The 1987 Woodbury County Fair will be August 5-9 with Schnetter Amusements of Aurelia providing the carnival.
– From an article taken from the Moville Record October 16, 1986
About the Woodbury County Fair
The history of the fair stretches all the way back to 1928, and we continue to grow and evolve every year. Contact us to learn more about the Woodbury County Fair.
Our Early Years
When the Interstate Fair, which had been held in Sioux City for many years, was discontinued with the 1926 season, the Woodbury County Farm Bureau joined with representatives of Plymouth County, Iowa; Union County, South Dakota; and Dakota County, Nebraska, to hold an inter-county fair at Moville in September 1927. It was named the Big-4 Fair, and Ralph McElrath of Moville was elected president of the new organization.
Lack of cooperation prevented the hoped-for success, but in the next year, 1928, the Farm Bureau arranged for the exposition to be held at the fairgrounds in Sioux City. The Sioux City Chamber of Commerce donated $7,500, and the Monahan Legion Post also helped support the movement. There still was little public interest. In 1930, the Woodbury County Farm Bureau asked various towns in the county to bid for a county fair. Moville's bid of $8,000 was the winner.
Officers of the new organization formed at this time were Alvern Wendel of Bronson, president; Milford Beeghly of Pierson, vice president; Fred McDermott of Moville, secretary; and Henry Wood of Moville, treasurer. It was decided to hold the fair the following September 10, 11, and 12. The undertaking proved successful; there was an attendance of 13,105, and the fair board realized a modest profit.
Total Attendance in 1930 - 13,105
Some exhibits were displayed in booths on Main Street; others in what is now the Masonic Temple; and the 4-H exhibits were in a garage on Second Street. Livestock was shown in a large barn on the W. E. Hall farm at the east end of Main Street. Among the attractions at the fair were a baseball game each afternoon, a hog and chicken calling contest, a horseshoe pitching contest in the town park, and foot races at the baseball park. Bands from surrounding towns furnished music each day.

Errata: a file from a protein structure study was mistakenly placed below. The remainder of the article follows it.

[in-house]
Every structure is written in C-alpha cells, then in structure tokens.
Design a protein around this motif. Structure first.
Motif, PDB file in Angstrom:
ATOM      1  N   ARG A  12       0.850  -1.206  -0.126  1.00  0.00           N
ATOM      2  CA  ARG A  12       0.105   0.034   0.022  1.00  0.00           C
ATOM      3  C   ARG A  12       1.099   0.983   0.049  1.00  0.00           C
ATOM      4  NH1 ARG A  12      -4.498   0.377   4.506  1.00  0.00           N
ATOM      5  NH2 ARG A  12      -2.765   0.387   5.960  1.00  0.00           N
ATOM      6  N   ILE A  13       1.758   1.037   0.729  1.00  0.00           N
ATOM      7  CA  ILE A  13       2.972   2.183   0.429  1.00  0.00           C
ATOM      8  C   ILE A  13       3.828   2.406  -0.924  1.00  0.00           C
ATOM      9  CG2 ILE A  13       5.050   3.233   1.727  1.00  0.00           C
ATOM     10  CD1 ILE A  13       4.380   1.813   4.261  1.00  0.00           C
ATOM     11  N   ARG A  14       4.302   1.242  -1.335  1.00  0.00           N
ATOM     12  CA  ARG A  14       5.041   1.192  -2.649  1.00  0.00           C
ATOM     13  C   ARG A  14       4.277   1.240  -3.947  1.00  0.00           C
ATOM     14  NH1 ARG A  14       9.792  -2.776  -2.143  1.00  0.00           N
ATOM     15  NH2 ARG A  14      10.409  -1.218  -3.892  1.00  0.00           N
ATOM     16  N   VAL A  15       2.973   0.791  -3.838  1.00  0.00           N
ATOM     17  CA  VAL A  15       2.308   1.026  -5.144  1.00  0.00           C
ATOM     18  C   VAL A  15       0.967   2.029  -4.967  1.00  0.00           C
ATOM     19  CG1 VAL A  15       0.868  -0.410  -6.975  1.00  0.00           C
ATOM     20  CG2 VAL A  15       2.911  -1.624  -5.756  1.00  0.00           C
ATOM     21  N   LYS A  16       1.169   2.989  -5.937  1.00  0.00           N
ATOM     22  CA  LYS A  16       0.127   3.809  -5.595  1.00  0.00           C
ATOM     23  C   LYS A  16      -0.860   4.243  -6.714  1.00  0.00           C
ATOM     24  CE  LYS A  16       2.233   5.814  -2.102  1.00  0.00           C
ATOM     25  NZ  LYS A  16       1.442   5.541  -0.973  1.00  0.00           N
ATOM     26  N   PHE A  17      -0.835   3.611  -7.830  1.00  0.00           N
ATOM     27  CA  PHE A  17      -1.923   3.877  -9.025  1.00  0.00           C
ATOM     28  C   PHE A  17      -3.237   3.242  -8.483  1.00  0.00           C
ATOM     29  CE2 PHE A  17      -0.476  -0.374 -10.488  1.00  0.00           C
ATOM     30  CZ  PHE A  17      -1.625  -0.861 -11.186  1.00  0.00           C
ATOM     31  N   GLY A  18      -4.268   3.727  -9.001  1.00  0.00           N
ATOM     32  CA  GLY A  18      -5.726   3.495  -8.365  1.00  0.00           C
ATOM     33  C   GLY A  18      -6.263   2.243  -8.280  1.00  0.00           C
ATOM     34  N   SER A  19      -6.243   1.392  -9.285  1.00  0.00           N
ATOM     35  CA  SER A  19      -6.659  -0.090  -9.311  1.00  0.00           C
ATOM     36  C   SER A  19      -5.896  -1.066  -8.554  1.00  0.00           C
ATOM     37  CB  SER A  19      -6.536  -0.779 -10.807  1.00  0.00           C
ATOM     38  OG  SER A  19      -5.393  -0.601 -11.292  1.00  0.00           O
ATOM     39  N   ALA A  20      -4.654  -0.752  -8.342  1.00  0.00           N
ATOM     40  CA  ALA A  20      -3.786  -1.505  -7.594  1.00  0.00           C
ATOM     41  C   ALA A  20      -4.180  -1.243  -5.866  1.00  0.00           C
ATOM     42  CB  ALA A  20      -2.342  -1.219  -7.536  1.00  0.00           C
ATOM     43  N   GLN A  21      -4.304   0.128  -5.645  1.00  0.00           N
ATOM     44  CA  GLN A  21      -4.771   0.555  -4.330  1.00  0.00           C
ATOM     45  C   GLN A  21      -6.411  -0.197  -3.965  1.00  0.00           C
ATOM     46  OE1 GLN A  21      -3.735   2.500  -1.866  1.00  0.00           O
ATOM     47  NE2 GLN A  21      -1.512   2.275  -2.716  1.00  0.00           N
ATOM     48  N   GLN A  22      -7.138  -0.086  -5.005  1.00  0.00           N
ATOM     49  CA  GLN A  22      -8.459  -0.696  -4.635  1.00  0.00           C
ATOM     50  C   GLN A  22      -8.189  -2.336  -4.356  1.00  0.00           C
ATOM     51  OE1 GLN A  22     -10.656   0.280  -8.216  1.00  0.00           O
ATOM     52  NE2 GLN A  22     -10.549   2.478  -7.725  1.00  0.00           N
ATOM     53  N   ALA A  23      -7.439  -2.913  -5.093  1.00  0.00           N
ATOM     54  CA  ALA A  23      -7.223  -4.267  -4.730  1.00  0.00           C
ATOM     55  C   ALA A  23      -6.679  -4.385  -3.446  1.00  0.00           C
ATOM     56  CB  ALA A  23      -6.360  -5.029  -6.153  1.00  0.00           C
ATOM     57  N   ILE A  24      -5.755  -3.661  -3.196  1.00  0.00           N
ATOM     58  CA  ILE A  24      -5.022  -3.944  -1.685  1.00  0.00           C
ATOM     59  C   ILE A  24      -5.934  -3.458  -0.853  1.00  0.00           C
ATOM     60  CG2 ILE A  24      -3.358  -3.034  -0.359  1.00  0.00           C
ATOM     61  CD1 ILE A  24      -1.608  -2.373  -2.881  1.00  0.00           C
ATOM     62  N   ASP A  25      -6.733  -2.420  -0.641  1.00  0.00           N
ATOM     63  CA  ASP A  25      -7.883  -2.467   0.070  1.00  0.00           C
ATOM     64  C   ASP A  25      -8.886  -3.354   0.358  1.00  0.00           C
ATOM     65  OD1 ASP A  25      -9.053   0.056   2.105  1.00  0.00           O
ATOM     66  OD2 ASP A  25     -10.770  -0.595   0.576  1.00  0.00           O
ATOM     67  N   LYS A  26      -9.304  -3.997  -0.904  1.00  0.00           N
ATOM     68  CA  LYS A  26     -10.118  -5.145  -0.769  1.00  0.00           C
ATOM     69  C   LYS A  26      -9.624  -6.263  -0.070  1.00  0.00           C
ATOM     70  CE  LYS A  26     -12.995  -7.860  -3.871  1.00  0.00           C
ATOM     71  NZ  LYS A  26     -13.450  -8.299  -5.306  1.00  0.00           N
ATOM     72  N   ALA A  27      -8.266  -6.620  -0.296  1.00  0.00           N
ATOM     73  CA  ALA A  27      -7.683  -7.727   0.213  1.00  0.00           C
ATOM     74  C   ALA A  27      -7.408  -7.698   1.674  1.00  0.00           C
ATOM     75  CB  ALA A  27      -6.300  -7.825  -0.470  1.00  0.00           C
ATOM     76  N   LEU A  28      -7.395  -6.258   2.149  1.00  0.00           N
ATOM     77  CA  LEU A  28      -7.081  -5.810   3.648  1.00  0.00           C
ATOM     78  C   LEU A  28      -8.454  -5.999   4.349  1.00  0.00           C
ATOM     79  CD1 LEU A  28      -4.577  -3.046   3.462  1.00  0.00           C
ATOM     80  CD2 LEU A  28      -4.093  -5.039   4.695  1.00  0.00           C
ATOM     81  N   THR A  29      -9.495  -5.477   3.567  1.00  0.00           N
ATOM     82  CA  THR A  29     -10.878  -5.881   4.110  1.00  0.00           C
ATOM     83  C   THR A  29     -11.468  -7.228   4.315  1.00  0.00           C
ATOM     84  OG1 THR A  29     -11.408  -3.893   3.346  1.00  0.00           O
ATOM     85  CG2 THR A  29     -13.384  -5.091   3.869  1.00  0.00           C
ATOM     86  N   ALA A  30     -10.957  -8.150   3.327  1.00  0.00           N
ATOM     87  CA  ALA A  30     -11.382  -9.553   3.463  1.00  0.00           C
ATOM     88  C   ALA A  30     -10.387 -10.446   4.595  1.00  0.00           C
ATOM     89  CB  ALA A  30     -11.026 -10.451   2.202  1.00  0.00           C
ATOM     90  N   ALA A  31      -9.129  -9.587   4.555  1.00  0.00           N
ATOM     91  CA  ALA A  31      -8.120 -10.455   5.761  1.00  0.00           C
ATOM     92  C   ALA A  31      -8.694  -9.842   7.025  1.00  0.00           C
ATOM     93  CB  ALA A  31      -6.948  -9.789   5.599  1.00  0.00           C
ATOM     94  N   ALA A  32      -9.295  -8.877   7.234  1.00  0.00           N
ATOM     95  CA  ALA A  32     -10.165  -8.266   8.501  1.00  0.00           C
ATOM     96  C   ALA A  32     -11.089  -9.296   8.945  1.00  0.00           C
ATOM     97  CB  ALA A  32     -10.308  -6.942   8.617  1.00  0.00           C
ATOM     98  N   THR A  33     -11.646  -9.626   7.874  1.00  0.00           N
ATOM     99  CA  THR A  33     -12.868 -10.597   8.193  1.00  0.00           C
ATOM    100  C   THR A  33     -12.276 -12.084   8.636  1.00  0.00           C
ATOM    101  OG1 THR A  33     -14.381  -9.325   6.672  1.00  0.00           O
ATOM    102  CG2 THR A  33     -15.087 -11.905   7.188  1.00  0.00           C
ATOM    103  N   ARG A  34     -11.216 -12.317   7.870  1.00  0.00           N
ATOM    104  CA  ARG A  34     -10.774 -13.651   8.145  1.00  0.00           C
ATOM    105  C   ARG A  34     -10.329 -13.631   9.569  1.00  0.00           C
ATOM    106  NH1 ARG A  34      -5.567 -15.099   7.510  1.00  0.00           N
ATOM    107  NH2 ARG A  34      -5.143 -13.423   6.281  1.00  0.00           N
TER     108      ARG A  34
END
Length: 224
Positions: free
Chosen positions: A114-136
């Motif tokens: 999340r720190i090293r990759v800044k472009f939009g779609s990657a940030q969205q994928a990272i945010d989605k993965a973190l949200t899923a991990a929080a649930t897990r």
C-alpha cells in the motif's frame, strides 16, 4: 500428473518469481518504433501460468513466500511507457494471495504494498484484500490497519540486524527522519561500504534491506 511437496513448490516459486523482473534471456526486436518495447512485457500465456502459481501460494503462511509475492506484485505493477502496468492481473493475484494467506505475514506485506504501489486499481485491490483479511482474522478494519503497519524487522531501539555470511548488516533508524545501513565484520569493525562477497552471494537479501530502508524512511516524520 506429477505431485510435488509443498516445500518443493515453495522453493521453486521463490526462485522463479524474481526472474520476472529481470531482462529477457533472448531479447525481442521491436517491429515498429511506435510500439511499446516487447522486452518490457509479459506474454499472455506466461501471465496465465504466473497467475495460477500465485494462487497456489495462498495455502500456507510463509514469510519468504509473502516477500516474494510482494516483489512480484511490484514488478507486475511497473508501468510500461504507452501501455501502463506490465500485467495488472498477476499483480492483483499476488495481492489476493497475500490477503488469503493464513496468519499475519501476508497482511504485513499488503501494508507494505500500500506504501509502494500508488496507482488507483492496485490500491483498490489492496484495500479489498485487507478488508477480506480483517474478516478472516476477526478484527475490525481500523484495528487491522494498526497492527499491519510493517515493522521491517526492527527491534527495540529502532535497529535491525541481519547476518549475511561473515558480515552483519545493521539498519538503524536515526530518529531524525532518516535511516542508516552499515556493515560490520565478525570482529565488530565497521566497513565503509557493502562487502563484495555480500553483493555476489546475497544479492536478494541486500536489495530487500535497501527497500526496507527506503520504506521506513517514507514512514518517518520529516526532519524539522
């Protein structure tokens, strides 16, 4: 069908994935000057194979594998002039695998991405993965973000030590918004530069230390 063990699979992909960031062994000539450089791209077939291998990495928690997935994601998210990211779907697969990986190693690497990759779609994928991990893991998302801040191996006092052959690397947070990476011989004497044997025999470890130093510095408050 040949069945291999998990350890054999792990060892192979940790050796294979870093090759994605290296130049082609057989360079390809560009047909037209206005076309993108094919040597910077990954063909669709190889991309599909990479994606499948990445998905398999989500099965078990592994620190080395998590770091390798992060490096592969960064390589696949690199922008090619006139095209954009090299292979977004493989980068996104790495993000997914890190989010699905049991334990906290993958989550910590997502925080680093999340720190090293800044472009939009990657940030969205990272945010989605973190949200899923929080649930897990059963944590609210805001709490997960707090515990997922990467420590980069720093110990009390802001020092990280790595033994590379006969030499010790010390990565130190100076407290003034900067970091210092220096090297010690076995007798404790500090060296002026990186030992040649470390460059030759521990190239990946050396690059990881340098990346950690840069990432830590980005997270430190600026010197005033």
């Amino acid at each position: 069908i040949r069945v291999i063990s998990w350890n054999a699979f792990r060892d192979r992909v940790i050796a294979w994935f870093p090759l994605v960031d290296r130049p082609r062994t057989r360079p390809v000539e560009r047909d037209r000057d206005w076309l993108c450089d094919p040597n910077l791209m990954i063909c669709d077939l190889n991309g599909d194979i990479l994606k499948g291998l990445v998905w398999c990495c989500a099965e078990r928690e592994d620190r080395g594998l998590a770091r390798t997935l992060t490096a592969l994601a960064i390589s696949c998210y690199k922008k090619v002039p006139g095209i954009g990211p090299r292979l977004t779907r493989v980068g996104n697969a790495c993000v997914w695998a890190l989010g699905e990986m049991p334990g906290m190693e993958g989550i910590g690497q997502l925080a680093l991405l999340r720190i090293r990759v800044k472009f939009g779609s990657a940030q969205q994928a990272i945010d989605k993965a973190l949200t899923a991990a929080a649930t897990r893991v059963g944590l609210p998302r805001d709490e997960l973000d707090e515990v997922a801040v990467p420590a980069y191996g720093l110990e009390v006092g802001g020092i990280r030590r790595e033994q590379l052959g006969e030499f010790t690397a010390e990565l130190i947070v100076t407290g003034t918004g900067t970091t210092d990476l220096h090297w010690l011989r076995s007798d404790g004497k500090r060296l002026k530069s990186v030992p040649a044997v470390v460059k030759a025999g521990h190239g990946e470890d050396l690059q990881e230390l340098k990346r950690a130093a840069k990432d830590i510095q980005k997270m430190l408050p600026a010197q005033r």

In 1930 the Fair Association purchased 29 acres of the W. E. Hall farm, which joined Moville on the east. The large barn there, which had been used at fair time for stock exhibits, was remodeled. A sheep barn and hog house were built; also, a women's exhibit hall was erected.
An interesting item taken from a clipping of a Sioux City newspaper on August 27, 1931, states that "the following person financed and built the grandstand which will eventually become the property of the Fair Association; F.L. McDermott, Wallace Rundall, James Anderson, J. C. Larkin, and C. C. Everhart." Several years later, a roof was erected over the grandstand. In 1962, there were 68 acres and 14 buildings; in the ensuing years, many additions and improvements have been made.
1962 Growth - 68 Acres
1962 Growth - 14 Buildings
Many attractions have been offered to boost attendance. These included an Old Settler's Day. Free admission was given to all who had lived in the county for 50 years or more. Also, there have been many noted speakers, including Milo Reno, president of the Iowa Farmer's Union (1930); Lieutenant Governor Nelson G. Kraschel (1933); and U. S. Senator Guy M. Gillette of Cherokee (1934). When Henry C. Field of Shenandoah was the featured speaker on September 16, 1932, the attendance was 6,000, a record for any one day.